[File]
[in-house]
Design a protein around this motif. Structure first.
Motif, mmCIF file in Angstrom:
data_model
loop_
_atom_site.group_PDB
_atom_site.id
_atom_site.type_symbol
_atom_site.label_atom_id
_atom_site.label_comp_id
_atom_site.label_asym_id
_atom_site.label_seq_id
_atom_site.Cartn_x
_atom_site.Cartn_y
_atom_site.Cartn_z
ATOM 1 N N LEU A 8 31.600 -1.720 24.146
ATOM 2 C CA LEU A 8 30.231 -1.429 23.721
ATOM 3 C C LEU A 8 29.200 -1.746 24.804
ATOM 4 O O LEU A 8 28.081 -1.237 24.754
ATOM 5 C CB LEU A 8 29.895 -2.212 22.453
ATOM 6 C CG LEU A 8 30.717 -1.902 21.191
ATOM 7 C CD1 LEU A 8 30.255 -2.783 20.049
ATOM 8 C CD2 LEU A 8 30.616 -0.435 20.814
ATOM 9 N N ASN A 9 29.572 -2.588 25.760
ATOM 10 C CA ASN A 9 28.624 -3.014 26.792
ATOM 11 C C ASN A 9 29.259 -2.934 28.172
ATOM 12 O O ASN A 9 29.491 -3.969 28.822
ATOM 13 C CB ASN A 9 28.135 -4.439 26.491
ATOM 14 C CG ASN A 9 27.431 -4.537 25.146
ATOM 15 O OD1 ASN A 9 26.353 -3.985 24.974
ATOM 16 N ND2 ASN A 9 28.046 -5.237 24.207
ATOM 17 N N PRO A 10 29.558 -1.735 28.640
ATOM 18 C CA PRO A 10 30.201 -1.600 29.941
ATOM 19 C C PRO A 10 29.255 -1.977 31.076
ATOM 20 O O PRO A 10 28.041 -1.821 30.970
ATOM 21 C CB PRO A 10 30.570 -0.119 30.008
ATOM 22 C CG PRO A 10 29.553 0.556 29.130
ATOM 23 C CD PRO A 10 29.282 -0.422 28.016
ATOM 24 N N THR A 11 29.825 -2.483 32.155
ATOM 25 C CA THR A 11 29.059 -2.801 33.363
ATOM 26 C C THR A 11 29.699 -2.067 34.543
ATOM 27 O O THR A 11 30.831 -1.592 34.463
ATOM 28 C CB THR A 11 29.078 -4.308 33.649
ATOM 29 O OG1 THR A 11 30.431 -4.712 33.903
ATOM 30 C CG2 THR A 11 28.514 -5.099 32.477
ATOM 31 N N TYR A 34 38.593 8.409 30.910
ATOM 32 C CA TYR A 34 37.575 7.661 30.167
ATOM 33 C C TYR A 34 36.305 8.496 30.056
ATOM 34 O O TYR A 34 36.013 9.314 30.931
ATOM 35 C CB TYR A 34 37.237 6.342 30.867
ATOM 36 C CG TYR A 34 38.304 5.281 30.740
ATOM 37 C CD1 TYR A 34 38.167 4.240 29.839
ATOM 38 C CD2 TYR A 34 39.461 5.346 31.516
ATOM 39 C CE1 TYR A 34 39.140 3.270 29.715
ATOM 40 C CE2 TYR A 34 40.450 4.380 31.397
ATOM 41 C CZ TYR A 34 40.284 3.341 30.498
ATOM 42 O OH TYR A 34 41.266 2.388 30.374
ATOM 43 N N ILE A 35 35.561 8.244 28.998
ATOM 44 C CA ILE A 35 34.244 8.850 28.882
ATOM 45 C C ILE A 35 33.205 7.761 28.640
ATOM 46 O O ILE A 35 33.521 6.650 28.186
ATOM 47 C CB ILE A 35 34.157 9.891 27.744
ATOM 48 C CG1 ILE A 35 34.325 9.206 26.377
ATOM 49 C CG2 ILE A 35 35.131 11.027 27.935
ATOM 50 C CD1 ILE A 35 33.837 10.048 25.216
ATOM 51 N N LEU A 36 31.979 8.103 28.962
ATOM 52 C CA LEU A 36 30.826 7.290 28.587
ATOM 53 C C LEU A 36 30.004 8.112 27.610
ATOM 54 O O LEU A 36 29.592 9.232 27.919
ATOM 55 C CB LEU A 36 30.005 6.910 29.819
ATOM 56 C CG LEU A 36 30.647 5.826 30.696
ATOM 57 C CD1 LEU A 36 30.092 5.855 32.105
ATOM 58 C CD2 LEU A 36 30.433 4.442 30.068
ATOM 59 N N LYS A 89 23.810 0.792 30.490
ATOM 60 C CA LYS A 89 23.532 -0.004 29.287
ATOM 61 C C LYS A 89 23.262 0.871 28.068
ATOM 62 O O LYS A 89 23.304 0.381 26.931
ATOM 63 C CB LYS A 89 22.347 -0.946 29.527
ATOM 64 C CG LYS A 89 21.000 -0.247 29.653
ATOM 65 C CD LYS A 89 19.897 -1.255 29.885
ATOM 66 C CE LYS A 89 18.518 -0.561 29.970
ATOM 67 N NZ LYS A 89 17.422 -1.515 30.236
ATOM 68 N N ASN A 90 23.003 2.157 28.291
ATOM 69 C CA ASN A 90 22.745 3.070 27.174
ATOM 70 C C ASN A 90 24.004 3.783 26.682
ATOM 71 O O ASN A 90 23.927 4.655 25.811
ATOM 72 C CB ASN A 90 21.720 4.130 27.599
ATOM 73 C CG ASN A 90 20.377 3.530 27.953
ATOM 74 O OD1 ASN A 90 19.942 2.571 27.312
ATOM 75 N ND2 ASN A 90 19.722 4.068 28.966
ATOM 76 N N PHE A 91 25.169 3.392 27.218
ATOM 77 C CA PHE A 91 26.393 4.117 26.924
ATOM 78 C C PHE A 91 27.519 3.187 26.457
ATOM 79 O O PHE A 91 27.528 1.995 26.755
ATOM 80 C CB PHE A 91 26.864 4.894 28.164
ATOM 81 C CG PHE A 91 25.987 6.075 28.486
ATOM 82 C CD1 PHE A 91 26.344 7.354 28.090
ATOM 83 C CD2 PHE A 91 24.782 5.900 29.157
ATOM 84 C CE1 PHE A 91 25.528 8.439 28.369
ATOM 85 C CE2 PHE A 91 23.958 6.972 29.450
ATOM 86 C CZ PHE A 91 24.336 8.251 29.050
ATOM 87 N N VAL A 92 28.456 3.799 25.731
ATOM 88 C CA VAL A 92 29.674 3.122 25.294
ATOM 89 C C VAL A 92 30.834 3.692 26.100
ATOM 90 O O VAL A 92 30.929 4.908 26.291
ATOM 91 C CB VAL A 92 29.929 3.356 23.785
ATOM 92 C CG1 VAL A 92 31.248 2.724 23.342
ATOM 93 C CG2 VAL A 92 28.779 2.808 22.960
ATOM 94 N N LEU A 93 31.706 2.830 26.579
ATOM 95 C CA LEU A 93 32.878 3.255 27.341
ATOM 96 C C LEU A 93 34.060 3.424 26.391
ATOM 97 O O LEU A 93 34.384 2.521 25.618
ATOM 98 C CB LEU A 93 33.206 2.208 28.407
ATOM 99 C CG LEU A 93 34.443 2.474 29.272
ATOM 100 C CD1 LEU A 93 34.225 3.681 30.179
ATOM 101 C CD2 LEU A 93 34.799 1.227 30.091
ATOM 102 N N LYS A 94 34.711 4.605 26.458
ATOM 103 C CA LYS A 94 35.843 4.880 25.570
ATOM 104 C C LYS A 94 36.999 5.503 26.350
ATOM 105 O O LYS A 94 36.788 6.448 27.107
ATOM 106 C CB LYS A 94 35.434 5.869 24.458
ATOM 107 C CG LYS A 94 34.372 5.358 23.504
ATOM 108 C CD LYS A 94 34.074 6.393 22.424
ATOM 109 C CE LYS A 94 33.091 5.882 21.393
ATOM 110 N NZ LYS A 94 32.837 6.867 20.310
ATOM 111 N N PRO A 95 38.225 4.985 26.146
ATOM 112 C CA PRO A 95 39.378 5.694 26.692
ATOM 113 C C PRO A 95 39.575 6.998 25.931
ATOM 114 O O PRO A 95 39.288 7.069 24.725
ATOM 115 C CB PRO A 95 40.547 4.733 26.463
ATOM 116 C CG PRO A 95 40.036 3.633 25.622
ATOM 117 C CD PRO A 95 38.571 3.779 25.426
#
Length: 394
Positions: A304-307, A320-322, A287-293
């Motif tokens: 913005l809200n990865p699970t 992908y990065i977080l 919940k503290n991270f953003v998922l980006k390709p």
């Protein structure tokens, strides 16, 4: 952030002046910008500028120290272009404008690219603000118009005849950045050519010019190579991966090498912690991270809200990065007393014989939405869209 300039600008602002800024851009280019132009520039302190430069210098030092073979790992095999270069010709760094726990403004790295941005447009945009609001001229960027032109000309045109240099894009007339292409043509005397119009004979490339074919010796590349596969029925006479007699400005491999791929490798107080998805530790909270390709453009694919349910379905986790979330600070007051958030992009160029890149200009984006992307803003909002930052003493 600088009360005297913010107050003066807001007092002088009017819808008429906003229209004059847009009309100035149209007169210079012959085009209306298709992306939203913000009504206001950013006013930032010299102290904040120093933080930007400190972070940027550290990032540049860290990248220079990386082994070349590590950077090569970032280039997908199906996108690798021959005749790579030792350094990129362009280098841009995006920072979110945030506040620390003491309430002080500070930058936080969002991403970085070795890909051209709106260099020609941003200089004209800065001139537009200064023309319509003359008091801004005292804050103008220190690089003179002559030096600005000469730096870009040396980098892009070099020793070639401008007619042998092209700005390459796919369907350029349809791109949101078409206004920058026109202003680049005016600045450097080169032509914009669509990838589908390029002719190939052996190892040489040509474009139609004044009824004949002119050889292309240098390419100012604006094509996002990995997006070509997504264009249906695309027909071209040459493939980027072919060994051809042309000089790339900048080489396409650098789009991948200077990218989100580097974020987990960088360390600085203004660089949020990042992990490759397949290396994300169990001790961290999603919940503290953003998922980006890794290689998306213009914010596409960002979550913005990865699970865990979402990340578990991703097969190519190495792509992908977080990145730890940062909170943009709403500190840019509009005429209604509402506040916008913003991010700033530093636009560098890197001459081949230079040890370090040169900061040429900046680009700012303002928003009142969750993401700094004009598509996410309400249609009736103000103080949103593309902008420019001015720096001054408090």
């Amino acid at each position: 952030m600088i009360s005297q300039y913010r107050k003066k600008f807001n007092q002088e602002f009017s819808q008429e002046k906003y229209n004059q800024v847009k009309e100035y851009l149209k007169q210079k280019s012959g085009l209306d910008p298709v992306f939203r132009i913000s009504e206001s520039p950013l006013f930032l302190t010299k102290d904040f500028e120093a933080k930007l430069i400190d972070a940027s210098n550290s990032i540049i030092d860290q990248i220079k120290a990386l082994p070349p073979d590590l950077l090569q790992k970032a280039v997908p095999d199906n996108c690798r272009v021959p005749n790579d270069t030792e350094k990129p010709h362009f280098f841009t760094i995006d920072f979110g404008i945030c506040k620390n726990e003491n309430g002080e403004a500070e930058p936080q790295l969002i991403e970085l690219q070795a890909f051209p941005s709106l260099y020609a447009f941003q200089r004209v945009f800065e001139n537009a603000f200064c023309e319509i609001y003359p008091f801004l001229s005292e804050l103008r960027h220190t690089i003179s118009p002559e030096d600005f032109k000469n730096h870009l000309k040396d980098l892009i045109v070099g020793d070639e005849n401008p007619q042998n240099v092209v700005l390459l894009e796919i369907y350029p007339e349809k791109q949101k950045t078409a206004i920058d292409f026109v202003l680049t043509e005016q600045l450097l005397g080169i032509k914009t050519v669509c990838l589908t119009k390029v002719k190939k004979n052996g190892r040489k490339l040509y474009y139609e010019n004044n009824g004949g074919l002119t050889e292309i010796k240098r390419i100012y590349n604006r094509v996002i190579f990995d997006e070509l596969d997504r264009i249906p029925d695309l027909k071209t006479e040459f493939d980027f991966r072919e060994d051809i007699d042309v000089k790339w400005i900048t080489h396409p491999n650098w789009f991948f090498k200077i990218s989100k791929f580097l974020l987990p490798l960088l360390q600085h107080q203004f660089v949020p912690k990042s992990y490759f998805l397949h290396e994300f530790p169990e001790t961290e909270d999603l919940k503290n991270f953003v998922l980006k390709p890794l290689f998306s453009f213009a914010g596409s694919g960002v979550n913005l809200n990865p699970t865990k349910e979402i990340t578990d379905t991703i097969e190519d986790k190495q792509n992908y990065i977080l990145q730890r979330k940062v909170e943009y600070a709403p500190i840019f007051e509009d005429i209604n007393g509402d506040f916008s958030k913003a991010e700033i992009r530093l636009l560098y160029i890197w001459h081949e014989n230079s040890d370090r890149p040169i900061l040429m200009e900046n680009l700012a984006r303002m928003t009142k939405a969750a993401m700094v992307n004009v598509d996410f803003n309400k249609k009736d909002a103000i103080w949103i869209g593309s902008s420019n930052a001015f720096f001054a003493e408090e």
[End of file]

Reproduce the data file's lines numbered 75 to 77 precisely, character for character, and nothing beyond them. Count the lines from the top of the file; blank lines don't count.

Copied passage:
ATOM 60 C CA LYS A 89 23.532 -0.004 29.287
ATOM 61 C C LYS A 89 23.262 0.871 28.068
ATOM 62 O O LYS A 89 23.304 0.381 26.931